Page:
My rating: 4 of 5 stars
On the cusp of retirement – yet again – Harry Bosch has been assigned to the cold case unit. This time, the team is trying to solve cases that occurred during the bedlam of the LA/Rodney King riots two decades ago. One of the unsolved murders that he’s never forgotten is that of an attractive Danish journalist, Anneke Jesperson, who was shot at point blank range in dark alley. His superiors don’t want him to reopen that one for racial and political reasons – Anneke (dubbed “Snow White” by some of the cops) was the single white death among a sea of African American ones, and they don’t want to create the impression that her case is being given preferential treatment. But, Harry being Harry, he grabs onto it like a German shepherd with a soup bone, starting from square one using techie tools that were never available at the time.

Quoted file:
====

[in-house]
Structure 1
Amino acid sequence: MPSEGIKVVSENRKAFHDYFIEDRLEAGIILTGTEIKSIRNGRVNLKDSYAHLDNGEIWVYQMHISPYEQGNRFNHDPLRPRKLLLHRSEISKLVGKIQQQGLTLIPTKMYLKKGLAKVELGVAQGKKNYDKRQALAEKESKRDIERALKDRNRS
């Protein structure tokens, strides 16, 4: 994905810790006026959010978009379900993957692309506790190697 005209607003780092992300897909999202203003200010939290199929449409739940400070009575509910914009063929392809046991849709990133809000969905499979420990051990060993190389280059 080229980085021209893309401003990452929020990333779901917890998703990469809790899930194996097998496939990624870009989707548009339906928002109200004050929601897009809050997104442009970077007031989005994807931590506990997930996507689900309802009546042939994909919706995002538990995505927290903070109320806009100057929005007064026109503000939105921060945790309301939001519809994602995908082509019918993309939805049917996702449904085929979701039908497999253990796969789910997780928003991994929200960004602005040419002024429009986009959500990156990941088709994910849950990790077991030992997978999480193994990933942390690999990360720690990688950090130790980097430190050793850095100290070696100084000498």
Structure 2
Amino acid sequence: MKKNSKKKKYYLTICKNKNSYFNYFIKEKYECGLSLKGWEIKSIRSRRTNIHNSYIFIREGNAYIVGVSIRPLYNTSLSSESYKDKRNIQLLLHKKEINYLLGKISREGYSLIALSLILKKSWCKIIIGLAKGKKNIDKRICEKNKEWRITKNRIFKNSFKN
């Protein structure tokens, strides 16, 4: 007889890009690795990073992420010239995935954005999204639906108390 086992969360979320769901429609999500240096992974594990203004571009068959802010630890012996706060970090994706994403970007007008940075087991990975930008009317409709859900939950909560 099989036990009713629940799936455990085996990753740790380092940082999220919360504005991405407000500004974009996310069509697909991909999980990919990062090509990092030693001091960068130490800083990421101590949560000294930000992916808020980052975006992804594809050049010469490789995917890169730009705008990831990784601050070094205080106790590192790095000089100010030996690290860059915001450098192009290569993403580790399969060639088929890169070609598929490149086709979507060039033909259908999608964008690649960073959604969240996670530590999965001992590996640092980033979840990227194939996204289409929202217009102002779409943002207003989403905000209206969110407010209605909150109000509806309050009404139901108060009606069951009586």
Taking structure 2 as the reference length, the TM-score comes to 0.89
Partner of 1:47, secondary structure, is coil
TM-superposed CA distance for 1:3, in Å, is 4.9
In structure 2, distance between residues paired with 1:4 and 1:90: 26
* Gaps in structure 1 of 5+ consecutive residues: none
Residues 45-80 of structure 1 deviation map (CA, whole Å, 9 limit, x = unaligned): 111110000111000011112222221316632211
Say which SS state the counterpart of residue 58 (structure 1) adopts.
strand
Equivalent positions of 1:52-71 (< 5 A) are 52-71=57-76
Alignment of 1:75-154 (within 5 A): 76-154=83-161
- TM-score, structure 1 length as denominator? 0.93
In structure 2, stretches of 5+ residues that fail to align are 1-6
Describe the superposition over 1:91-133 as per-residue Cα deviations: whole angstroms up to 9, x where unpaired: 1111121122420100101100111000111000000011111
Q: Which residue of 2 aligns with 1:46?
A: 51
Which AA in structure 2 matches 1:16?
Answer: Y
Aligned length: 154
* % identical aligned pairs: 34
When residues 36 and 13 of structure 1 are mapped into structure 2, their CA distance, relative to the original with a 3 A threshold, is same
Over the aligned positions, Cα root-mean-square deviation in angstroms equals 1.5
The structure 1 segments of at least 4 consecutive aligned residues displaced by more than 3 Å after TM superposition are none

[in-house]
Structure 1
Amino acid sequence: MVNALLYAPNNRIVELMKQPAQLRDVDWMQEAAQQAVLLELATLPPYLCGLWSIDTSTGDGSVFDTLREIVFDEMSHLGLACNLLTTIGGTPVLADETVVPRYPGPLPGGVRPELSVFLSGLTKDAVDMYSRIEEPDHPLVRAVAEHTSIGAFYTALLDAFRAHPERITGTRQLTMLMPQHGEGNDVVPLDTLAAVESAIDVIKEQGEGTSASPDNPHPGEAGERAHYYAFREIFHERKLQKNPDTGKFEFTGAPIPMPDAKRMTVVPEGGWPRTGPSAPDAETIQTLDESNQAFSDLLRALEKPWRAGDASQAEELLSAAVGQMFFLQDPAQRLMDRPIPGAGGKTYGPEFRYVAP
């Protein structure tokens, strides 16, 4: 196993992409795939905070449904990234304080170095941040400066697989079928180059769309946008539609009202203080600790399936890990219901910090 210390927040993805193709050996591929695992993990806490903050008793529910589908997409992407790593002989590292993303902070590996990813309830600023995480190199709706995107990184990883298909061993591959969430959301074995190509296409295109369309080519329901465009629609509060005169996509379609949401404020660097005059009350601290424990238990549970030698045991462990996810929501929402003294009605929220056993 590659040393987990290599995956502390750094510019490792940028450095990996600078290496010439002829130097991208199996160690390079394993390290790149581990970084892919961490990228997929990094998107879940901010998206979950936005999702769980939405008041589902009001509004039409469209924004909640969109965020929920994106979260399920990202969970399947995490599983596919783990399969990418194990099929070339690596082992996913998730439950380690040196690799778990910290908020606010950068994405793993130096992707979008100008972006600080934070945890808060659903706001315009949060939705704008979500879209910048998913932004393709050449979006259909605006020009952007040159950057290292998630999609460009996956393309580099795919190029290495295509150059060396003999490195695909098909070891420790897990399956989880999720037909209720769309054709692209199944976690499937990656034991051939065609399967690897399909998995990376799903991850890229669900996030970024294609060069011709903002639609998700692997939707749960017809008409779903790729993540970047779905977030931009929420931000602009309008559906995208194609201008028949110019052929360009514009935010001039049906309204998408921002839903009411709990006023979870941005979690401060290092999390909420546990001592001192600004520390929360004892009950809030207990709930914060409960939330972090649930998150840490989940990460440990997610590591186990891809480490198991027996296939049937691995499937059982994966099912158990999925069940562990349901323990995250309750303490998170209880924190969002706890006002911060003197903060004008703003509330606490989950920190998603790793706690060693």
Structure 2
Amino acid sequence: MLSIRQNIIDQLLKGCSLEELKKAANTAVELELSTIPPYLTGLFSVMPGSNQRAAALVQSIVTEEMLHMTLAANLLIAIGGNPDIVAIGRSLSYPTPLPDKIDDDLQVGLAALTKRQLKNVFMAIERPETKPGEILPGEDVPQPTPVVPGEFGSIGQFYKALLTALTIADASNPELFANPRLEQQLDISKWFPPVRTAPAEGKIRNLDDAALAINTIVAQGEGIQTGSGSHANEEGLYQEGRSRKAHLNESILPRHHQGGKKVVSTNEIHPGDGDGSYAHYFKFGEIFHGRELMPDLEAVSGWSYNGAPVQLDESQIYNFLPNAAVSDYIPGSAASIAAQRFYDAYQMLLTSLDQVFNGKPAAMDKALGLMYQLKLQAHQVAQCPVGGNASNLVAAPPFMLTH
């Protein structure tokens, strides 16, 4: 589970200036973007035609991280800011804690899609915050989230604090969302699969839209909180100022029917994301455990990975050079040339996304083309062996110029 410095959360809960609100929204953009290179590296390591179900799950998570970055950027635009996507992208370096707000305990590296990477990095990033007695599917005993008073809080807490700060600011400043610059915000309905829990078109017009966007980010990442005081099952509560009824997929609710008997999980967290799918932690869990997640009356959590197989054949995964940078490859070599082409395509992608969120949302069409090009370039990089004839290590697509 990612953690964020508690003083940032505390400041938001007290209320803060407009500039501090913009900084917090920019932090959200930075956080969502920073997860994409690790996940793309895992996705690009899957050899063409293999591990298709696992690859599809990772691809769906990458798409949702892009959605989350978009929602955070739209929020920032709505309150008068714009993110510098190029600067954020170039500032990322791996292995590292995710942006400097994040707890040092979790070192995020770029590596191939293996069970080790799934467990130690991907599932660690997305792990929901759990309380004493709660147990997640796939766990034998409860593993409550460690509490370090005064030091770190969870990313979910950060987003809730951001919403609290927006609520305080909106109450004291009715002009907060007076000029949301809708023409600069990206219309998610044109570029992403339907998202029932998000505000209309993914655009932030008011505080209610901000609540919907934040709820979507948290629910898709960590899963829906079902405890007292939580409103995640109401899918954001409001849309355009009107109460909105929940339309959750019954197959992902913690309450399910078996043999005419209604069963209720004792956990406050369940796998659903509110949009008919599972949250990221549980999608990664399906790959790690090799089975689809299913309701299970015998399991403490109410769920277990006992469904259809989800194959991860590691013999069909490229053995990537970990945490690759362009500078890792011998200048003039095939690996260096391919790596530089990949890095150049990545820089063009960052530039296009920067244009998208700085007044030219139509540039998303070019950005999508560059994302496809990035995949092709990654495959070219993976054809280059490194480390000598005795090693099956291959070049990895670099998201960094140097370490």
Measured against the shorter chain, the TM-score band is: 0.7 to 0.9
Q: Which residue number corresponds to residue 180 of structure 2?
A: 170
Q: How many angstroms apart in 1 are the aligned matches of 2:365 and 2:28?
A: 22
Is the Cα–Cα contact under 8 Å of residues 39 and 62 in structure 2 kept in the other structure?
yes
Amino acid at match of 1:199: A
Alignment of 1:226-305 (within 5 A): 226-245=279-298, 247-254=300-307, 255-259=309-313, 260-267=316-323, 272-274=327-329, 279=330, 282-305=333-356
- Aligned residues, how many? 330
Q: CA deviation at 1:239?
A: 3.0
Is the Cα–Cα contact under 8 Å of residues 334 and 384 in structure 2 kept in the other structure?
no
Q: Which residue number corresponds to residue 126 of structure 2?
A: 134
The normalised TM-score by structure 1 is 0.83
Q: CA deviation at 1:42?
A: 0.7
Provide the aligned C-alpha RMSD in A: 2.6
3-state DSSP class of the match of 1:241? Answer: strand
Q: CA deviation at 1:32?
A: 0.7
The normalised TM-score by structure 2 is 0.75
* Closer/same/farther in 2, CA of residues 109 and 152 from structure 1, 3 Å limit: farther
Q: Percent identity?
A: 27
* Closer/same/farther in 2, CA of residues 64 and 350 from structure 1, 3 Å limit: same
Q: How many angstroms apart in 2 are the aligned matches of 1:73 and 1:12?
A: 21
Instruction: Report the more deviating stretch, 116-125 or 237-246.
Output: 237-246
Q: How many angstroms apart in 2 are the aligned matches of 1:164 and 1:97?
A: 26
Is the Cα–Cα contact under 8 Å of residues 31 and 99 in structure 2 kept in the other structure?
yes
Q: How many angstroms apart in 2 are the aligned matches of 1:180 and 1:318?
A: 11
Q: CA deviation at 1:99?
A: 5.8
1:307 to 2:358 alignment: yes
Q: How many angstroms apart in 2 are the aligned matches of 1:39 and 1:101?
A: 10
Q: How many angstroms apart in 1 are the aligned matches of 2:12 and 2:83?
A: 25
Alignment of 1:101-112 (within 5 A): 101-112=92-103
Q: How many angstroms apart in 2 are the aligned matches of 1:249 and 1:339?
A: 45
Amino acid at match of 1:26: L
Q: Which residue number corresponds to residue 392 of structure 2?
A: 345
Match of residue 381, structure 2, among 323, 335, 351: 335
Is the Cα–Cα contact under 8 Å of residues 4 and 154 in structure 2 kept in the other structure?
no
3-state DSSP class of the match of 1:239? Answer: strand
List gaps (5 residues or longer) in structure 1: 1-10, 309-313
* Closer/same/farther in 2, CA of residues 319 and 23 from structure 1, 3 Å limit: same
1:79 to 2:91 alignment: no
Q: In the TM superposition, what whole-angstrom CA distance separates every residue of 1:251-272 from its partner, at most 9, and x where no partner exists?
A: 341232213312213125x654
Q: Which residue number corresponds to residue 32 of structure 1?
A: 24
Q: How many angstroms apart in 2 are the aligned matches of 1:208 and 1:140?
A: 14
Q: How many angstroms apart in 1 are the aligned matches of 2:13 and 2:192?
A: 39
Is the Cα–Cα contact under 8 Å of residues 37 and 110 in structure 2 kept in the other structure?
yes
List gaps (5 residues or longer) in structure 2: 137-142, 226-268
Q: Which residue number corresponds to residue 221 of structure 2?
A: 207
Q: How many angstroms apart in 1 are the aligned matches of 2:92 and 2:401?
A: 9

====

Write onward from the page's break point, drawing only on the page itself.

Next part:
As a police procedural, The Black Box is engrossing. For readers who have followed Harry’s exploits through seventeen previous novels, what is equally interesting is learning where he is personally, through his relationships with his teenaged daughter and the woman in his life, and ethically, now that he’s lived long enough to exert some control over that impulsiveness that always lands him in hot water. He’s a man whose credo is “Everybody counts or nobody counts”, which is what makes him such a good detective. But he’s sick of the injustice that pervades the system, and is mightily tempted to take justice into his own hands. The author is a master at putting us inside Harry’s head, and that’s what makes these books worthwhile.